Louisiana, which has the highest incarceration rate in the country, has long faced scrutiny for the conditions inside its prisons. From 2001 to 2013, Louisiana had the highest prison mortality rate in the country, with an average of about 481 deaths per 100,000 prisoners, according to the Bureau of Justice Statistics, which include both federal and state facilities and do not include executions.
“Given our record reviews of deaths, it is our opinion that there are many preventable deaths at LSP that explain this extraordinary prisoner mortality rate,” the medical inspectors, Michael Puisis, Madeleine LaMarre, and Susi Vassallo, wrote in their report, concluding that the preventable deaths were a consequence of the systemic inadequacies in care at the prison. At the time of the 2016 review, every physician working at Angola had at some point had their license revoked or suspended.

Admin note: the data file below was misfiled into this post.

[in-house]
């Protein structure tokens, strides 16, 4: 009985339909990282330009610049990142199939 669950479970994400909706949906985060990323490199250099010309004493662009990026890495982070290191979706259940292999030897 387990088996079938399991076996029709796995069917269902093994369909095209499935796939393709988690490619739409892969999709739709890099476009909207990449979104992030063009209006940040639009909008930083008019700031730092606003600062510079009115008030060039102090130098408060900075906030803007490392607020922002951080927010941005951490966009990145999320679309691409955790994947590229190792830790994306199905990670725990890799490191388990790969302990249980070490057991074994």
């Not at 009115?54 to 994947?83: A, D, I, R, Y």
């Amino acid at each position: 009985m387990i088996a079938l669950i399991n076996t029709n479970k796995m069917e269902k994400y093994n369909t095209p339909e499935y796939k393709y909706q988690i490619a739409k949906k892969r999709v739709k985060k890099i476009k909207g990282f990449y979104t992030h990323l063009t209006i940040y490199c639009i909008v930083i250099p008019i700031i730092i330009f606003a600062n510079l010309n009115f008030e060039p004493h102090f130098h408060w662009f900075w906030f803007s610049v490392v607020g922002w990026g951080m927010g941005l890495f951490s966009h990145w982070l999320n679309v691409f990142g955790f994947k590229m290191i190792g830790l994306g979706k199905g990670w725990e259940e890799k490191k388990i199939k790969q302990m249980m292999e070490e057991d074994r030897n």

The Department of Corrections provided BuzzFeed News with a list of current physicians working in state prisons, and BuzzFeed News compared them against the Louisiana State Board of Medical Examiners record of license restrictions. BuzzFeed News reached out to all doctors named in this story, but none responded to requests for comment.
BuzzFeed News reached out to all doctors named in this story, but none responded to requests for comment.